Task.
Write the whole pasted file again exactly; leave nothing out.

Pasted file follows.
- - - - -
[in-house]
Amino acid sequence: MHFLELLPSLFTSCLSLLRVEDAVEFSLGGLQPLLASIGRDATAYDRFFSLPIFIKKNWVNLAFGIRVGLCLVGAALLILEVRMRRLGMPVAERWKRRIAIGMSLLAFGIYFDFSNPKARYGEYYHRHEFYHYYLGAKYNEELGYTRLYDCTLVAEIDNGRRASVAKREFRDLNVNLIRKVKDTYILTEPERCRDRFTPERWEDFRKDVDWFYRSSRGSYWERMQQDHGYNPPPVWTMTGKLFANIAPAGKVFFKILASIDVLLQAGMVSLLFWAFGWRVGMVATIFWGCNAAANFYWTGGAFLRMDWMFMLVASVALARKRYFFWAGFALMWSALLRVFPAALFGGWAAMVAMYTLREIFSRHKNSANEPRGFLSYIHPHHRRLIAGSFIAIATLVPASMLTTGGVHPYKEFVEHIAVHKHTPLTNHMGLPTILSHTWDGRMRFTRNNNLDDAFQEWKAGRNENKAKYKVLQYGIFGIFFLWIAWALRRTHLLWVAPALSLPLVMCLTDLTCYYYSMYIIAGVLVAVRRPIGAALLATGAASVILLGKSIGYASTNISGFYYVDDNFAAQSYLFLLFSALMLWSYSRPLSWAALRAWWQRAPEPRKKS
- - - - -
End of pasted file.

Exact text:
[in-house]
Amino acid sequence: MHFLELLPSLFTSCLSLLRVEDAVEFSLGGLQPLLASIGRDATAYDRFFSLPIFIKKNWVNLAFGIRVGLCLVGAALLILEVRMRRLGMPVAERWKRRIAIGMSLLAFGIYFDFSNPKARYGEYYHRHEFYHYYLGAKYNEELGYTRLYDCTLVAEIDNGRRASVAKREFRDLNVNLIRKVKDTYILTEPERCRDRFTPERWEDFRKDVDWFYRSSRGSYWERMQQDHGYNPPPVWTMTGKLFANIAPAGKVFFKILASIDVLLQAGMVSLLFWAFGWRVGMVATIFWGCNAAANFYWTGGAFLRMDWMFMLVASVALARKRYFFWAGFALMWSALLRVFPAALFGGWAAMVAMYTLREIFSRHKNSANEPRGFLSYIHPHHRRLIAGSFIAIATLVPASMLTTGGVHPYKEFVEHIAVHKHTPLTNHMGLPTILSHTWDGRMRFTRNNNLDDAFQEWKAGRNENKAKYKVLQYGIFGIFFLWIAWALRRTHLLWVAPALSLPLVMCLTDLTCYYYSMYIIAGVLVAVRRPIGAALLATGAASVILLGKSIGYASTNISGFYYVDDNFAAQSYLFLLFSALMLWSYSRPLSWAALRAWWQRAPEPRKKS